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This Instructables will show you how to make a very cool Vacuum Former box for just about $30!

Step 1: Materials

Pegboard
1/2" Plywood
2x4
Duct Tape
.02 Polystyrene
Oven
Shop Vac
2x2

Step 2: Make the Frame

To start out make a square frame out of the 2x4, mine was 22"x 24"

Step 3: Make Vacuum Former Plate

Now take your 1/2" Plywood and cut out a square 24"x26" next cut two 3"x 24" pieces and two 3"x 26 pieces. Take the 2x2 and cut 4 2.5" pieces.  take one of the side pieces and drill a large hole into it mine was an inch and a half but could have been larger. This is where the shop vac hose will connect to. Then cut out piece of pegboard the same size as your base, or 24"x26".

Step 4: Assembly

Take the 4 2x2's and screw them from the bottom of the 24"x26" base then take the four 1/2" sides and screw them on.Take the pegboard and screw it onto the 2x2s. There now you have all the pieces required.Then take the shop vac hose and push it into the hole and secure it. I used duct tape but am currently working on a better solution.

Step 5: Plastic

I ordered mine from http://www.usplastic.com/catalog/item.aspx?sku=43330&catid=715 the actual plastic is cheap but shipping is an arm and a leg. If you can find polystyrene anywhere else .02 to .04 inches it will do just fine. Take the plastic and cut out a square that is the size of the 2x2 frame then staple it on nice and tight.

Step 6: Molding!

Take what ever object you want to mold and place it in the center of the pegboard box. Turn your oven to broil and let it heat up. While your waiting for it to heat up move your pegboard box as close as you can to the oven being quick is key the plastic cools fast so the quicker the better. Also make sure your shop vac is sucking not pushing. Once the oven is hot place your 2x4 frame with the plastic into the oven make sure to wear oven mitts as it gets hot. At first the plastic will start to bubble and get wavy and then settle back flat this is when it is time. Take out the 2x2 and place it over the mold turn on the shop vac and hold the frame for a minute. Then your done! Just be careful to not break the plastic when digging the mold out.  ( I'm sorry I don't have a picture of the shop vac hooked up but I'm sure you can imagine what it looks like!)

Step 7: Things to Mold

I have made a Light Saber, and Iron Man Mask (Which I will soon make a tutorial for)

Step 8: Things to Note

Say you molded something but it didn't come out just right and you want to try again. Wait for the plastic to cool then put it back in the oven and it will reform itself again. You get about 3 or 4 uses of the plastic until it gets thin and breaks easy. Good Luck!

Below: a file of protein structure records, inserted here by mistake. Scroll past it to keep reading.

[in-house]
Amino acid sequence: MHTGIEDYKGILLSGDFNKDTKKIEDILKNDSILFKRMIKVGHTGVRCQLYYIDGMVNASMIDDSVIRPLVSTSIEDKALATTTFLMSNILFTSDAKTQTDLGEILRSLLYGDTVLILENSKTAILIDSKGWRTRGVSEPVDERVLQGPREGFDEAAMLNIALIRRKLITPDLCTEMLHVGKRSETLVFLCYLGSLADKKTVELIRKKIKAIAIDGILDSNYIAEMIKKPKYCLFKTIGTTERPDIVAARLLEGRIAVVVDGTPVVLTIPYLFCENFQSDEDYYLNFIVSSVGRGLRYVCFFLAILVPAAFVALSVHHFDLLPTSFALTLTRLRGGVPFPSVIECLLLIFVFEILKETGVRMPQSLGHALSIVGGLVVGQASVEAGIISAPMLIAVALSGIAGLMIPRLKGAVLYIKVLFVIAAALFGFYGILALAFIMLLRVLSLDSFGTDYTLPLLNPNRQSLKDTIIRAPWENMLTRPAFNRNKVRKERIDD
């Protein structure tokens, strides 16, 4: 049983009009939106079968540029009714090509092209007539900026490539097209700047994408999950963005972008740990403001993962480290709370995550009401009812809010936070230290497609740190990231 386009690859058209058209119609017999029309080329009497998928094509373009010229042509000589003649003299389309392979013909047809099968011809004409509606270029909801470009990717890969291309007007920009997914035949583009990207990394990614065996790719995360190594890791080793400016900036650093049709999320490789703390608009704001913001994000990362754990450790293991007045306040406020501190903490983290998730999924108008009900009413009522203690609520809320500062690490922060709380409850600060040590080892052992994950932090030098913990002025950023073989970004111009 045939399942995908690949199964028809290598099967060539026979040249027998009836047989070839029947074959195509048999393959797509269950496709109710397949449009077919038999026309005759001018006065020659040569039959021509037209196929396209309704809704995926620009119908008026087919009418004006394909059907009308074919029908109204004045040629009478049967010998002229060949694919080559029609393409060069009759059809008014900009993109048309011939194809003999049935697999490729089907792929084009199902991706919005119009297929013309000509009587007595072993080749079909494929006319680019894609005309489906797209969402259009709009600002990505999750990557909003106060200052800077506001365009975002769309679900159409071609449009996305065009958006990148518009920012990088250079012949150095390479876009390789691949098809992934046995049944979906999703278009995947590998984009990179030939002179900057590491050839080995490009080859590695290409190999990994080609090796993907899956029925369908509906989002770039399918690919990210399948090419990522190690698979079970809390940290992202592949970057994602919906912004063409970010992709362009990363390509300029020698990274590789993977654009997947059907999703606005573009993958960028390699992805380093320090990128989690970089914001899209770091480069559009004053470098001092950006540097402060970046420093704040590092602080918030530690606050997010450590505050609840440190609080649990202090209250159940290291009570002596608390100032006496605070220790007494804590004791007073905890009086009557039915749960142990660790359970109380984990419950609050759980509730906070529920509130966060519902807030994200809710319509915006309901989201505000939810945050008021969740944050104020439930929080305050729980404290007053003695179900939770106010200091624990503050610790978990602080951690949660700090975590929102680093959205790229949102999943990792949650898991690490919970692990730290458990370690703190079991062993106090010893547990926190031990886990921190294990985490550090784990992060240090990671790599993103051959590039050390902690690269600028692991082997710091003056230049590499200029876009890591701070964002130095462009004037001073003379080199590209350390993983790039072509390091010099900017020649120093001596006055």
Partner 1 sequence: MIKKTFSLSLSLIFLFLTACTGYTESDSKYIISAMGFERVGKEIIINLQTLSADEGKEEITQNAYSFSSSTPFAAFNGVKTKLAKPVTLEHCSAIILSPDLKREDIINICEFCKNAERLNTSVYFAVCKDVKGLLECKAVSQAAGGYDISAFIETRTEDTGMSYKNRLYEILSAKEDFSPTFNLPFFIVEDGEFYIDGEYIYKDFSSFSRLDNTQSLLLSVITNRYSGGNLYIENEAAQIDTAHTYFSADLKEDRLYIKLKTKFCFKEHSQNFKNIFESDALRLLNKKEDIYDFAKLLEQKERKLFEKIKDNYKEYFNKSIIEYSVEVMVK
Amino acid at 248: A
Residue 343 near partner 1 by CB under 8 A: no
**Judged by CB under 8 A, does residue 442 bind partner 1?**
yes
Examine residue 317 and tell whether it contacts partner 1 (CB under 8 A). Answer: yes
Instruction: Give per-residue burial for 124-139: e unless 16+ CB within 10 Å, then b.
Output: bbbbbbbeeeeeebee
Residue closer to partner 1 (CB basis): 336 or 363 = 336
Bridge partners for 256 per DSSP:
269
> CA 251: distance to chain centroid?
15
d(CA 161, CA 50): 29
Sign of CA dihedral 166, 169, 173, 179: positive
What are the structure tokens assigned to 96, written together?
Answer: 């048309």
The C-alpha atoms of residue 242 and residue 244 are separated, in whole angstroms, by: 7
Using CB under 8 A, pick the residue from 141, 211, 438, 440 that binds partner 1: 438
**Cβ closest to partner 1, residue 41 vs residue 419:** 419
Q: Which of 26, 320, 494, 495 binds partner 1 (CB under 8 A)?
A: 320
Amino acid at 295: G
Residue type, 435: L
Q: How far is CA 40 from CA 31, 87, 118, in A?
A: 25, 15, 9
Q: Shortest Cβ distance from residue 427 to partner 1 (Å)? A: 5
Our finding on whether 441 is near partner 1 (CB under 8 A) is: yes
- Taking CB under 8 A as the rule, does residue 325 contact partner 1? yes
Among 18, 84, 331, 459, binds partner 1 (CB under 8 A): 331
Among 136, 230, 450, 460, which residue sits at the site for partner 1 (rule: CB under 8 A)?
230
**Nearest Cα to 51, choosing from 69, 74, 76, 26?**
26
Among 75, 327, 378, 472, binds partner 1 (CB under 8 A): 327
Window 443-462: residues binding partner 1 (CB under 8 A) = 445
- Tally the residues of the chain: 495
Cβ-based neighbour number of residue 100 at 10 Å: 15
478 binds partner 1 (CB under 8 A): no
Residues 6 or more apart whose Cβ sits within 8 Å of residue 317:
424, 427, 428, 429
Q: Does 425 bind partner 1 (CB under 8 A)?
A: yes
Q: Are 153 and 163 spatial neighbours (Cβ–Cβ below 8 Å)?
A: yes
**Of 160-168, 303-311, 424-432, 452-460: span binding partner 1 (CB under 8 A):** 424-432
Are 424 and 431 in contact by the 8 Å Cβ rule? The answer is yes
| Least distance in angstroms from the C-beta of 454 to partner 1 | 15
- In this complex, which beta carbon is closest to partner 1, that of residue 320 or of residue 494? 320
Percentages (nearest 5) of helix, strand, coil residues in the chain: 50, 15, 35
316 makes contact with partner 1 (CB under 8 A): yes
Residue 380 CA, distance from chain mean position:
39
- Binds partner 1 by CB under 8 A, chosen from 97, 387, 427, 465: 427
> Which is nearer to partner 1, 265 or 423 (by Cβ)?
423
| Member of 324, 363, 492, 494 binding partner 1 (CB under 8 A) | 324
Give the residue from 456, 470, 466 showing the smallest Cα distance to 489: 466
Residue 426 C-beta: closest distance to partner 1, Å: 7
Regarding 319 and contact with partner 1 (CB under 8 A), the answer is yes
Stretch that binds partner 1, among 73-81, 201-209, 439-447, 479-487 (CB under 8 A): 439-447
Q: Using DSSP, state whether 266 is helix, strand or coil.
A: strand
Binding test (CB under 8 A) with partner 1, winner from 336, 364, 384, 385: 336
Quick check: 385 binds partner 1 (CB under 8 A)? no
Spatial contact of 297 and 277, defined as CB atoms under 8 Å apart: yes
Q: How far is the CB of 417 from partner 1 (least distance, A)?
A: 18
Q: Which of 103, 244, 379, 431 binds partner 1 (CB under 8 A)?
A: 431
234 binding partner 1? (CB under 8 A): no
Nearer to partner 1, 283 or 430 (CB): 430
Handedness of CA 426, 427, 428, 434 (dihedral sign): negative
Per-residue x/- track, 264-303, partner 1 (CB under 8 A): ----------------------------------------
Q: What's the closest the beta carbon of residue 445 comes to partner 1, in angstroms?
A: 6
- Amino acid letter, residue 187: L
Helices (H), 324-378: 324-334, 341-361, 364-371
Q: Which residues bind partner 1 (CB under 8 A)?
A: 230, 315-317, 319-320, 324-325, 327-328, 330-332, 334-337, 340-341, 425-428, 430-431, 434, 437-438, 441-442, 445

<p>hi there i have seen your make diy vacuum former which hubby is making as we speak</p><div>as i am new to this i would like some information as to what sort of plastic sheets to buy to use for chocolate moulds <p>i,m in australia and would love to know where i can purchase these </p><p>thanks for your time </p></div>
Hey guys I wanted to let you know about my blog. So here it its: <br>http://manbehindthecanon3.blogspot.com/
the only issue that I have w/ it is the fact that pegboard isn't all that stable, it tends to break under pressure, &amp; w/ a vacuuformer table there will be lots of pressure.
I have done almost this exact set up. Though mind had the oven built onto it with a frame to flip the plastic onto the oven and back to the work space. <br> <br>To overcome the strength issue with the pegboard you can place spacers in the blank spaces between holes. Putting a hanfull of spacers works great.
I've seen a similar project done but instead of using pegboard for the vacuum table, the builder used a piece of MDF and drilled the holes by hand. He said it only took about 10 minutes but the thicker material was more stable and less likely to buckle under the force of the vacuum. <br> <br>One could also take three sheets of pegboard, glue and laminate them but you'd have to be careful not to plug the holes with glue. By the time you cleaned out all the holes, you might have been better off just using the MDF. <br> <br>Still, I now REALLY want to build a vacuum former.
I was thinking the same thing. I'm also designing a semi automated vacuformer for myself. I'm planning on using MDF for the framework &amp; stronger woods for the vertical frames.
Sorry if I ask a stupid question but like my one teacher used to say 'He that does not ask a question is dum' but anyway what is the use of the wooden box? I mean like what does it do? I dont understand. I also want to mould stuff. But is the box that you made just to put the mold on while in the oven?
Yes it is, I stapled the plastic to it and then put that piece in the oven. Then I placed the heated up plastic over the mold and turned on the shop vac.
Very cool! I like that the project is inexpensive and explained very well. That mask is very nice too.

About This Instructable

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Bio: I work in a machine shop as an apprentice and enjoy working with robotics. YouTube Channel: ManBehindtheCanon3
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